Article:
Stanford researchers look forward to battery-free WiFi IoT devices


Researchers at Stanford University claim they have brought a self-supporting Internet of Things network based on WiFi closer to reality.

The technology, called backscattering, has been a topic of academic interest for several years, and works by harvesting electromagnetic energy from the air to power IoT devices, avoiding the challenge of monitoring and maintaining many millions of battery-powered end points.

Stanford has produced a prototype called HitchHike, which works with standard WiFi without any changes required. The researchers say their worst case is that they will be able to prolong the battery life of a WiFi device to 10 years – something which can currently be achieved using low power protocols like ZigBee, but not with WLANs. In the best case, they would do without batteries altogether, except if back-up were needed.

“HitchHike is the first self-sufficient WiFi system that enables data transmission using just micro-watts of energy, almost zero,” said Pengyu Zhang, a member of the team, in a statement from Stanford.

The underlying technology, backscattering, is the basis of various similar projects round the world. It involves creating new signals from gathered, ambient radio waves, such as those emanating from TV. Those signals are ingested and converted into new signals and the energy from the collected radio waves powers the newly created ones.

In Stanford’s prototype, the processor and radio piggyback on incoming WiFi signals and “translates those incoming signals to its own messages and retransmits its own data on a different WiFi channel”. This approach to backscatter reuses 802.11b WiFi via ‘codeword translation’, a technique to embed the IoT information in standard, existing 802.11b packets, allowing any receiver to decode it, so that no special hardware is required – unlike some other backscatter systems.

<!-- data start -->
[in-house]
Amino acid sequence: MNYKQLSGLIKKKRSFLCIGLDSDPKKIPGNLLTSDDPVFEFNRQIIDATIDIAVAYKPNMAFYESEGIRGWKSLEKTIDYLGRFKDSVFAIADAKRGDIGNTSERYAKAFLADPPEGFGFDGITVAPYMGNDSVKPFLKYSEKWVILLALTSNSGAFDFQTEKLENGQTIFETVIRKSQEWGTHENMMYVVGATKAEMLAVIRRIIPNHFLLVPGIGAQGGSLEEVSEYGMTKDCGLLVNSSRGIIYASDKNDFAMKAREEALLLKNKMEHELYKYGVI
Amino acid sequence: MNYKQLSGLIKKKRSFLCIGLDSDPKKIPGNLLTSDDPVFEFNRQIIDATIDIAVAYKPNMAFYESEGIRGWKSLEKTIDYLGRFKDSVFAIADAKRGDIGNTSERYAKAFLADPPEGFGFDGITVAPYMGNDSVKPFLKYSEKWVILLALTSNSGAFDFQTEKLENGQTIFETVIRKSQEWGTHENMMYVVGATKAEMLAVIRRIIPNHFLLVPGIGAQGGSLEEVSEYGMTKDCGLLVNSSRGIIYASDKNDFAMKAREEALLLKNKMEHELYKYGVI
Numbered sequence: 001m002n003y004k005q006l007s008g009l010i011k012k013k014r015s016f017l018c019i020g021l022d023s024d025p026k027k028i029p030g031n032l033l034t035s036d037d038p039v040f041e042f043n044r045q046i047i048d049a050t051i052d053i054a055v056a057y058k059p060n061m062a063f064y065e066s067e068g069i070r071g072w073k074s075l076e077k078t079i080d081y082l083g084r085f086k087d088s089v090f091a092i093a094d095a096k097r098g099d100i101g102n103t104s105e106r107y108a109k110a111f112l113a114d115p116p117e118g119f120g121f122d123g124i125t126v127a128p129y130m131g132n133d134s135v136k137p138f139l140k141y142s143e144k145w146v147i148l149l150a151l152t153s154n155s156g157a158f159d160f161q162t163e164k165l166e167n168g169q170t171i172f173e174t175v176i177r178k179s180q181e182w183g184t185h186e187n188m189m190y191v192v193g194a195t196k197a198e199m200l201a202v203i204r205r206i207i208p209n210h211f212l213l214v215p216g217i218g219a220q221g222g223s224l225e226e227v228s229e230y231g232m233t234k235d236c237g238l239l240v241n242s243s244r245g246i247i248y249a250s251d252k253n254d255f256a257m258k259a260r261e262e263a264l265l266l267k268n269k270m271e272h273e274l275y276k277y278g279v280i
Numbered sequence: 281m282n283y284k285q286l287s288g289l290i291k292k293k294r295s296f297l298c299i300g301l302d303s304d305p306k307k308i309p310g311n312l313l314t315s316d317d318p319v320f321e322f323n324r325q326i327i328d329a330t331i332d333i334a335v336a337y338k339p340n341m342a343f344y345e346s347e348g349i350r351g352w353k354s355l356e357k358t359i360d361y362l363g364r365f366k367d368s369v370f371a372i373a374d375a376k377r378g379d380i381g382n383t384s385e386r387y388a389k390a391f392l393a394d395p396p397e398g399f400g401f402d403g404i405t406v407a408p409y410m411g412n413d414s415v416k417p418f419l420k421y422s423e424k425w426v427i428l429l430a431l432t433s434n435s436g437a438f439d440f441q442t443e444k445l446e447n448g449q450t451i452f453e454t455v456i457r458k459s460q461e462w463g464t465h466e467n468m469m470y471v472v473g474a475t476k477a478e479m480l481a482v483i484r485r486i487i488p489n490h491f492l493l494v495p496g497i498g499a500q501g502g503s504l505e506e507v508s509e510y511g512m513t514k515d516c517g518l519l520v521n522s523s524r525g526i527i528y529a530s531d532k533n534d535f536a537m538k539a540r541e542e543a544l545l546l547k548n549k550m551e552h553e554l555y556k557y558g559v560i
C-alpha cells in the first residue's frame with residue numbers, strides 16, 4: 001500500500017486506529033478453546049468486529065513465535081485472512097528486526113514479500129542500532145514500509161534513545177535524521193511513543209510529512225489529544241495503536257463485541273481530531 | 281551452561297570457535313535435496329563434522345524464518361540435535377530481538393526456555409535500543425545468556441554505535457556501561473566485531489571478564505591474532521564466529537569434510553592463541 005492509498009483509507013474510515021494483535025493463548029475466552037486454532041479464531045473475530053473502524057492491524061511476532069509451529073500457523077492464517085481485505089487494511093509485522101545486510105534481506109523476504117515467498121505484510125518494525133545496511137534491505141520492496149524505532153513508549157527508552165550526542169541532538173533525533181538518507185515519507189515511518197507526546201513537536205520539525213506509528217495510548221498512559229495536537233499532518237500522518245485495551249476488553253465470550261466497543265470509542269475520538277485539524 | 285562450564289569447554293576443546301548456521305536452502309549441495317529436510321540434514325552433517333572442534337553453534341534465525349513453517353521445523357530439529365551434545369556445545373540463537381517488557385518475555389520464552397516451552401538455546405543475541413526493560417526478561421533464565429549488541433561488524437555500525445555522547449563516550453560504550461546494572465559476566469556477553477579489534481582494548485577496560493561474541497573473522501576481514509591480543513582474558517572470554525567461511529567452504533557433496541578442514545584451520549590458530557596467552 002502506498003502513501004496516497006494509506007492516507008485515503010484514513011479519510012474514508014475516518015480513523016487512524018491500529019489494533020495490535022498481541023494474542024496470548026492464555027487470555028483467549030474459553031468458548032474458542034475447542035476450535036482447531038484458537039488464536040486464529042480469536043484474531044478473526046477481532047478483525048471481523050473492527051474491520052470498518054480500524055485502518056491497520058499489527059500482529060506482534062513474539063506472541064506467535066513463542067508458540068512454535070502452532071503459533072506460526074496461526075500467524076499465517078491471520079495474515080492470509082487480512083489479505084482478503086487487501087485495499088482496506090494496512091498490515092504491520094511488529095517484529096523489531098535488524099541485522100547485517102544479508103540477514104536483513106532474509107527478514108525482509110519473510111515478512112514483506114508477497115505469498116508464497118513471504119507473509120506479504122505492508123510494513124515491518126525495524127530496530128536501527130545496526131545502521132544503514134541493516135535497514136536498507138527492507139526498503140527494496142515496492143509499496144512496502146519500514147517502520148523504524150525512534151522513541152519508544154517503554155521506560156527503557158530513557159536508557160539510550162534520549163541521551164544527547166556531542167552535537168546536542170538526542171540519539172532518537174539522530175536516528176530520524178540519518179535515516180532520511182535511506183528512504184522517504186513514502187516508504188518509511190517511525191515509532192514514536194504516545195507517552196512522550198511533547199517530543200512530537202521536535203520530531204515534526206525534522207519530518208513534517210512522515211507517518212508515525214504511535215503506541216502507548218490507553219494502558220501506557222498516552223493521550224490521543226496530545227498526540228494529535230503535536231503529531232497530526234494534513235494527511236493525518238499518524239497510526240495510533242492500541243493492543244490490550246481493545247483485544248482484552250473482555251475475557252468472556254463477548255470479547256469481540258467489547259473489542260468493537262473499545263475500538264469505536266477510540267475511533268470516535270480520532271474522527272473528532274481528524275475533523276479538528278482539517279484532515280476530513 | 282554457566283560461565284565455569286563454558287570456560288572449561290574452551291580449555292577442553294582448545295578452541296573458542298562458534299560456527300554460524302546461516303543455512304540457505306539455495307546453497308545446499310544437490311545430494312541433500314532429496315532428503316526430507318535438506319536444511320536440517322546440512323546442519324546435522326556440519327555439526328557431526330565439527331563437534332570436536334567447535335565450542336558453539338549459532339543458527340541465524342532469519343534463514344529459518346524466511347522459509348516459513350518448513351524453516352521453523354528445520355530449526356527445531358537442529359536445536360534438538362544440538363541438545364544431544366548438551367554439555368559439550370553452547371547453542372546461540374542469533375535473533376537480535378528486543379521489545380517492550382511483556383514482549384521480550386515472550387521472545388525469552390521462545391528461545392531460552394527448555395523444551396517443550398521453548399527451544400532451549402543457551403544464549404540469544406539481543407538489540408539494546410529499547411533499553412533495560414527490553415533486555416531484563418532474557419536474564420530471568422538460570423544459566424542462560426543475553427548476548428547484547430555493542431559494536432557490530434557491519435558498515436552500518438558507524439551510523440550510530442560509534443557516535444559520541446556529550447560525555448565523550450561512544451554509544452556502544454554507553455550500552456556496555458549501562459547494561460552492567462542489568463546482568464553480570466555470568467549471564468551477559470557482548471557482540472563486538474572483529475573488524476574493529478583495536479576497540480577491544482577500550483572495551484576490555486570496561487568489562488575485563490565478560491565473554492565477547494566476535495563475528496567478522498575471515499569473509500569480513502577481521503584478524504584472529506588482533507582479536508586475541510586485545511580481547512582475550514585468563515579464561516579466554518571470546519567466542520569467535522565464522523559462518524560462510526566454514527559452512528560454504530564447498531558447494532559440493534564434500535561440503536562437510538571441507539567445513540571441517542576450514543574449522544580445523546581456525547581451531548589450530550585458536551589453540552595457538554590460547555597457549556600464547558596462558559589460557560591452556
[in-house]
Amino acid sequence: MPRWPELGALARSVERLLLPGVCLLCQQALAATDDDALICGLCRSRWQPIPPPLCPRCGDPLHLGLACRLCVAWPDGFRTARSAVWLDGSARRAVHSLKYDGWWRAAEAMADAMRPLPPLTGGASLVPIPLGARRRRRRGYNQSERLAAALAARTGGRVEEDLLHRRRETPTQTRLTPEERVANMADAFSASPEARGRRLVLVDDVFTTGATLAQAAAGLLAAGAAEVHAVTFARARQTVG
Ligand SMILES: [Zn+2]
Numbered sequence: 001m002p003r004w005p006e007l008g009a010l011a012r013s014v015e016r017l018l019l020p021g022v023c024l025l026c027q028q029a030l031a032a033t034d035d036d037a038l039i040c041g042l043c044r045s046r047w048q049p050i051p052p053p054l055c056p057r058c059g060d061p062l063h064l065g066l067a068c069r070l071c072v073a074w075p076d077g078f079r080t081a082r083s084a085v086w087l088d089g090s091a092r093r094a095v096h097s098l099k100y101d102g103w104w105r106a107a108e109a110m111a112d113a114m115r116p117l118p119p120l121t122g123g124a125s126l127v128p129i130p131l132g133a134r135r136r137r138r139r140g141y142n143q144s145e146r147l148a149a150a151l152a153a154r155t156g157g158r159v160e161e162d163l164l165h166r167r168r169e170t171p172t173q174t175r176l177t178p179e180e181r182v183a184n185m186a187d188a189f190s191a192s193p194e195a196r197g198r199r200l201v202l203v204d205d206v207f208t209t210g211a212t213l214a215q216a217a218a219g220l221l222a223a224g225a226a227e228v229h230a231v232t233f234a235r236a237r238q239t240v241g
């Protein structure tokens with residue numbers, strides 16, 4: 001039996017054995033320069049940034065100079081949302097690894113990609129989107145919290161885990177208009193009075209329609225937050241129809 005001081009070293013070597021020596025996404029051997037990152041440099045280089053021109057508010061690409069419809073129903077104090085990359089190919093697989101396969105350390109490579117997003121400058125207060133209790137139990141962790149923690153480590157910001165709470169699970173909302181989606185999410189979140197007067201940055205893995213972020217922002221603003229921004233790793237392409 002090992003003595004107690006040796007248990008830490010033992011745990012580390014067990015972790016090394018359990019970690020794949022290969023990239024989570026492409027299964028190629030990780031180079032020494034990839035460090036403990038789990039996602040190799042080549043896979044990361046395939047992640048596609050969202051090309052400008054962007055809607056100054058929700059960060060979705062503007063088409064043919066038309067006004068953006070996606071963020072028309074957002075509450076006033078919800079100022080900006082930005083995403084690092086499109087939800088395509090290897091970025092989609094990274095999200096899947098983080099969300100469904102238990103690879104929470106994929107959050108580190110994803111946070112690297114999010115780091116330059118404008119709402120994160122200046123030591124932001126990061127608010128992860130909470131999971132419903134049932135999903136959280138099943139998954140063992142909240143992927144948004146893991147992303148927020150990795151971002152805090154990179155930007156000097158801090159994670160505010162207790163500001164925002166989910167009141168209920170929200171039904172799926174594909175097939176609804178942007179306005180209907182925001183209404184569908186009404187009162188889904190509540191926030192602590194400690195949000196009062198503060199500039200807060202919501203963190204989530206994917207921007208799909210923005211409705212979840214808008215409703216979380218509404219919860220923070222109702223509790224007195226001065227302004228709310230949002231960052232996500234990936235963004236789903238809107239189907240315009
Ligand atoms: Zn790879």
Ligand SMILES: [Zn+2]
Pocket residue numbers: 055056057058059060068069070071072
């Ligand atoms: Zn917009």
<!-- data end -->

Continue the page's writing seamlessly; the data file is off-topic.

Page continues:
“A backscatter system that can be deployed using commodity WiFi radios on access points, smartphones, watches and tablets, does not exist,” Stanford claims in its statement.

The HitchHike prototype is about the size of a postage stamp and uses a coin battery. It has a functioning range of 50 meters and data rate of 300Kbps. The next aim is to shrink the unit to the size of a “grain of rice”.

“HitchHike consumes 10,000 times less current than WiFi radios. It can operate for years on a simple coin battery,” the scientists claim.

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Caroline has been analyzing and reporting in the hi-tech industries since 1986 and has a huge wealth of experience of technology trends and how they impact on business models. She started her career as a journalist, specializing in enterprise and carrier networks and in silicon technologies. She spent much of her journalistic career at VNU Business Publishing, then Europe’s largest producer of technology publications and information services . She was publishing director for the launch of VNU’s pan-European online content services, and then European editorial director. She then made the move from publishing into technology market analysis and consulting, and in 2002 co-founded Rethink Technology Research with Peter White. Rethink specializes in trends and business models for wireless, converged and quad play operators round the world and the technologies that support them. Caroline’s role is to head up the wireless side of the business, leading the creation of research, newsletters and consulting services focused on mobile platforms and operator models. In this role, she has become a highly recognized authority on 4G systems such as LTE and WiMAX, and a prolific speaker at industry events. Consulting and research clients come from major mobile operators, the wireless supply chain and financial institutions.


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